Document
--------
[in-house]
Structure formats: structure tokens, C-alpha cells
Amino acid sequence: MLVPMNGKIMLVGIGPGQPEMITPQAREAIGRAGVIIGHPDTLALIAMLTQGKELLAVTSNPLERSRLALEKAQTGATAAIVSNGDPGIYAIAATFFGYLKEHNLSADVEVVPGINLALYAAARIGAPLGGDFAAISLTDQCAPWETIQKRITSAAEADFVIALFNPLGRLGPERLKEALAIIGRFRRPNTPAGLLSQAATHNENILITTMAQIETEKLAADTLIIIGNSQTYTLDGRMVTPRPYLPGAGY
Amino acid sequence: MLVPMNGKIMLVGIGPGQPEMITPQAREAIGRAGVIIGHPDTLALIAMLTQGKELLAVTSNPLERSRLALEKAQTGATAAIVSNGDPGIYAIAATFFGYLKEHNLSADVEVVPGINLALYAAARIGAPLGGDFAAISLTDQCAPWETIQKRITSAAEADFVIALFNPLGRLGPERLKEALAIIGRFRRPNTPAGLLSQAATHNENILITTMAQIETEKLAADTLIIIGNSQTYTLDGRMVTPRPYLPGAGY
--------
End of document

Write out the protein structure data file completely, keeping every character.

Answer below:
[in-house]
Structure formats: structure tokens, C-alpha cells
Amino acid sequence: MLVPMNGKIMLVGIGPGQPEMITPQAREAIGRAGVIIGHPDTLALIAMLTQGKELLAVTSNPLERSRLALEKAQTGATAAIVSNGDPGIYAIAATFFGYLKEHNLSADVEVVPGINLALYAAARIGAPLGGDFAAISLTDQCAPWETIQKRITSAAEADFVIALFNPLGRLGPERLKEALAIIGRFRRPNTPAGLLSQAATHNENILITTMAQIETEKLAADTLIIIGNSQTYTLDGRMVTPRPYLPGAGY
Amino acid sequence: MLVPMNGKIMLVGIGPGQPEMITPQAREAIGRAGVIIGHPDTLALIAMLTQGKELLAVTSNPLERSRLALEKAQTGATAAIVSNGDPGIYAIAATFFGYLKEHNLSADVEVVPGINLALYAAARIGAPLGGDFAAISLTDQCAPWETIQKRITSAAEADFVIALFNPLGRLGPERLKEALAIIGRFRRPNTPAGLLSQAATHNENILITTMAQIETEKLAADTLIIIGNSQTYTLDGRMVTPRPYLPGAGY